The Trial Of John Brown

PrintPrintEmailEmail

I feel entirely satisfied with the treatment I have received on my trial. Considering all the circumstances, it has been more generous than I expected. But I feel no consciousness of guilt. I have stated from the first what was my intention, and what was not. I never had any design against the life of any person, nor any disposition to commit treason, or excite slaves to rebel, or make any general insurrection. I never encouraged any man to do so, but always discouraged any idea of that kind.

Let me say, also, a word in regard to the statements made by some of those connected with me. I hear it has been stated by some of them that I have induced them to join me. But the contrary is true. I do not say this to injure them, but as regretting their weakness. There is not one of them but joined me of his own accord, and the greater part of them at their own expense. A number of them I never saw, and never had a word of conversation with, till the day they came to me; and that was for the purpose I have stated.

Now, I have done.

Subtract the paragraphs on religion, and this speech, which Emerson was to compare to Lincoln’s Gettysburg Address, was one long lie. Even the minor detail of his Missouri raid Brown distorted in the name of propaganda. His lieutenant, Stevens, had killed a slaveowner on that foray. But the larger lie concerned the intentions of his Harpers Ferry raid. A study of the correspondence of other members of the band and of the memoirs of those who knew Brown makes it clear that he never intended to repeat his Missouri raid “on a larger scale.” His provisional constitution meant what it said.

Not for nothing had he insisted on confiscating George Washington’s old sword; it was obviously intended for symbolic use. Two weeks before the attack, one of the younger raiders, William H. Leeman, wrote home: “I am now in a Southern Slave State and before I leave it, it will be a free state, Mother. …” Only a few days before the raid, another member of the band, Edward Kagi, wrote John Brown, Jr., in Ohio to send no more recruits “until we open the way clear up to the line (M. & D.’s) from the South.” Douglass later recalled watching John Brown run his finger down a map of the Alleghenies from the border of New York into the southern states. “These mountains,” Brown had said, “are the basis of my plan. God has given the strength of these hills to freedom; they were placed here to aid the emancipation of your race.”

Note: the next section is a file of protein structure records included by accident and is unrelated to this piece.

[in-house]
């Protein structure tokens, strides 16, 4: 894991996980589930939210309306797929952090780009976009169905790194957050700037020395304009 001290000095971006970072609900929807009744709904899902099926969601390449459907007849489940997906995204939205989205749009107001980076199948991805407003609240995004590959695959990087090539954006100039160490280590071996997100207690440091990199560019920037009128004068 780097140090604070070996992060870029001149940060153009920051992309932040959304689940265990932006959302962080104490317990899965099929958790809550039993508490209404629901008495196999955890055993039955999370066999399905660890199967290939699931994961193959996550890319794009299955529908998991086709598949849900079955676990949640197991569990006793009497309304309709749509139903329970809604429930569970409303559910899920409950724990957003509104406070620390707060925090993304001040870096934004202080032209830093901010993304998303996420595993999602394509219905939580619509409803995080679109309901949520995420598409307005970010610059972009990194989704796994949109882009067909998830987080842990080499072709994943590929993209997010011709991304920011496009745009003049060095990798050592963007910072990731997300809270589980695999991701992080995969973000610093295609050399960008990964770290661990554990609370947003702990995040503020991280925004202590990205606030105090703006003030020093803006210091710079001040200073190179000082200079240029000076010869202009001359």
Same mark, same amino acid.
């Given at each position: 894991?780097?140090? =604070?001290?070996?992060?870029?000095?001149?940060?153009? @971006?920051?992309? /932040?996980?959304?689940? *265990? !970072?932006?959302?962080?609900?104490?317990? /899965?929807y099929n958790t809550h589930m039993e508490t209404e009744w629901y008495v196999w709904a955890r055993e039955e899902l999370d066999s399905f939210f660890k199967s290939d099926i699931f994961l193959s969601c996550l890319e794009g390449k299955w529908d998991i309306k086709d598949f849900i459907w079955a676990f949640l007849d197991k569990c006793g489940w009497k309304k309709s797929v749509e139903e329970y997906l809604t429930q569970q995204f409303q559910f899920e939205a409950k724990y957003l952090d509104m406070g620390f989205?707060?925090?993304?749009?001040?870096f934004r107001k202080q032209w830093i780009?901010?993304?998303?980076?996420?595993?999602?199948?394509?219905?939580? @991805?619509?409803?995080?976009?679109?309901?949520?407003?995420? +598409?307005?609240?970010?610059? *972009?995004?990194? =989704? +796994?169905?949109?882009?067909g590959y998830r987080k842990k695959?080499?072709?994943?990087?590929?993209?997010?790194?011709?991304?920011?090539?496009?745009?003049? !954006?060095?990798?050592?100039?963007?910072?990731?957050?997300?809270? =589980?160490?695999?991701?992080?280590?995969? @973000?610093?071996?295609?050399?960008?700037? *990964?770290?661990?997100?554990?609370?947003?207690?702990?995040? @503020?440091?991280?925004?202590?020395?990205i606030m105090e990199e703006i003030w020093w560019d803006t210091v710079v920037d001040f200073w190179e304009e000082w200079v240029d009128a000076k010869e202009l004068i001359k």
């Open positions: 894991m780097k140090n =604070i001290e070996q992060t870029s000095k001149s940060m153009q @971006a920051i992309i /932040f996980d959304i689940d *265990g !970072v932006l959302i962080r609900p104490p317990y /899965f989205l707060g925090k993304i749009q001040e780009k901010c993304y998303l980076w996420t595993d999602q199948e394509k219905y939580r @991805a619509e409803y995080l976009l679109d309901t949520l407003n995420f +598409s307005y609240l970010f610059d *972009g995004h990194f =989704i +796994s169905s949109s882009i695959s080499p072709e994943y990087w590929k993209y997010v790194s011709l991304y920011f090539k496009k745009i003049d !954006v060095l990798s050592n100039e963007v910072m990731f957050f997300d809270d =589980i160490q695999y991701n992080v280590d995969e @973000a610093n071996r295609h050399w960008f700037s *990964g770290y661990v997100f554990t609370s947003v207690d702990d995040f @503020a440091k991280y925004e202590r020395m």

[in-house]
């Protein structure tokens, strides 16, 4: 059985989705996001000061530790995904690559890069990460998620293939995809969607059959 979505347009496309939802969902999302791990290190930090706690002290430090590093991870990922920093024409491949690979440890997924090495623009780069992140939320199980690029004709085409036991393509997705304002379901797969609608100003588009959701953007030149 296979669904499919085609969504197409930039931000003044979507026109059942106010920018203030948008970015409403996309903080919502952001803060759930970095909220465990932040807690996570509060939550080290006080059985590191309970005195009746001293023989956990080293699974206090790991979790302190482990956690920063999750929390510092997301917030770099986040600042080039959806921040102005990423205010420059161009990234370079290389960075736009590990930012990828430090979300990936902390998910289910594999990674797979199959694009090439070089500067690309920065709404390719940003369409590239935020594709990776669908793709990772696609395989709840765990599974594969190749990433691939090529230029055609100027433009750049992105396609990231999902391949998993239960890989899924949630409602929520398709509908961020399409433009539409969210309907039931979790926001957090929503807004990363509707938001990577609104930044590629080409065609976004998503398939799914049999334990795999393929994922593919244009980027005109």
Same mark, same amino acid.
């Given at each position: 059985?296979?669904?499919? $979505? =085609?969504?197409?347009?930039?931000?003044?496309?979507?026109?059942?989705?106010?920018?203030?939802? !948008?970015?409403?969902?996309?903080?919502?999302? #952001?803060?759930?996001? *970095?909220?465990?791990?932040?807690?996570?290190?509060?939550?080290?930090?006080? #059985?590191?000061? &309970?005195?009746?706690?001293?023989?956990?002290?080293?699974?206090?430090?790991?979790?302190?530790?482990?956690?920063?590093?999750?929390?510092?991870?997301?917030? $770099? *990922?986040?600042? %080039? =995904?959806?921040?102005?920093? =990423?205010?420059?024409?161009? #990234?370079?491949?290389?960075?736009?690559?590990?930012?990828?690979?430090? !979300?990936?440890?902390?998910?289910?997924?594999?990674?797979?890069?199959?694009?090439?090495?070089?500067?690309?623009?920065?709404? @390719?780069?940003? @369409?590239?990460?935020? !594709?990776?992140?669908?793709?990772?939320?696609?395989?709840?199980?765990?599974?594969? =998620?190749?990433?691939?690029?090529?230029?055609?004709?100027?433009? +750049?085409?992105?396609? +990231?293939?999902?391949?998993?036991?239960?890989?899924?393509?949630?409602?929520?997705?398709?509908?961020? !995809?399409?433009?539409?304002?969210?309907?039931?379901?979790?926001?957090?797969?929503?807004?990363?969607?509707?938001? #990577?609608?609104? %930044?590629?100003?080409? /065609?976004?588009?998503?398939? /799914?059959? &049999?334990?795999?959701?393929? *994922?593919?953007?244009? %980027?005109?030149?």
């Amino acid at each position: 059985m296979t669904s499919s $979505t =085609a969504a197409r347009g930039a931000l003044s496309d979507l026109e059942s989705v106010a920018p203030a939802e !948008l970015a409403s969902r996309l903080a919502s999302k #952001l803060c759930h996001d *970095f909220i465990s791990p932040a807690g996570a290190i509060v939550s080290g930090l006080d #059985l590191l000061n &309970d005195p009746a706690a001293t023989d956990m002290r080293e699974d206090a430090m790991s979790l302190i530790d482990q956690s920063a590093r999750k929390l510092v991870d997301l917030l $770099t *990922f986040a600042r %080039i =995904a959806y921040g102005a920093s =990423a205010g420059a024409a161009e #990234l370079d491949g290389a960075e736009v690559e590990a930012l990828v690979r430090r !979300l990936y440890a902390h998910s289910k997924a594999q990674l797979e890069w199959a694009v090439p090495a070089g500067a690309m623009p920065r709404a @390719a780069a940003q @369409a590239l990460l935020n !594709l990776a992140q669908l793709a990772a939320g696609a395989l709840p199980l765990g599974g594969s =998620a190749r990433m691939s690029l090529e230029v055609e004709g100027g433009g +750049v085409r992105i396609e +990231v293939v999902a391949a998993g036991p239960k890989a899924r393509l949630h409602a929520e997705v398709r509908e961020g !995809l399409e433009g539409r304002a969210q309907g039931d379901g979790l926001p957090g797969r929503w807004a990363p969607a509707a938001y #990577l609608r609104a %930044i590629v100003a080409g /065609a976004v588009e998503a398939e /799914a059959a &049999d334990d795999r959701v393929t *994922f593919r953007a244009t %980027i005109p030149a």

“With twenty-five picked men,” Brown told Douglass, he would create an armed force in “the very heart of the South.” These men were to gather recruits from the slave population, arm them and keep “the most restless and daring” in their ranks and send the others north. As his numbers grew, he planned to extend his operations to “more than one locality.” Thus Brown’s Harpers Ferry plan was the very opposite of his Missouri raid. His destination was south, not north. As for not inducing his followers to join him, he had, from the available evidence, cajoled all but one with promises of plunder far beyond anything they had seen in Kansas.

But few, north or south, were capable of analyzing or investigating John Brown’s story. Even before he made his historic oration, newspapers were reporting the trial from a more and more partisan point of view. Virginia’s conduct of the trial had lost the sympathy even of the conservative New York Times, which had deplored Brown’s raid and castigated all those who supported him. The Times lamented Parker’s refusal to grant delays and found particular fault with Hunter’s Saturday night remarks about the jurors wanting to go home, and about Virginia’s “trembling females.”

It was on November 2 that Judge Parker sentenced John Brown to death by hanging. The sentence was to be carried out on December 2, a month from the day. Now a new kind of contest began. From all over the nation men wrote to Governor Wise threatening, exhorting, and pleading with him not to hang John Brown. From Massachusetts, Amos Lawrence, who had given Brown money, warned the Governor, “From his blood would spring an army of martyrs.” Fernando Wood, the pro-southern mayor of New York, thought the same way. “Dare you do a bold thing and temper ‘justice with Mercy'?” he wrote Wise. “Have you nerve enough to send Brown to the State Prison instead of hanging him?”

On the other hand, bellicose types in the South were eager to see Brown die no matter what the consequences. “Though it convert the whole Northern people, without an exception, into furious armed abolition invaders,” the Richmond Whig declared, “yet old Brown will be hung!”

The headstrong Wise did not need advice from any direction. Two days after Brown’s sentence he wrote to Fernando Wood: “My mind is inflexibly made up.” He rejected the argument that the hanging would make Brown a martyr. He could see no difference, so far as martyrdom was concerned, between the noose and a life sentence in a Virginia prison.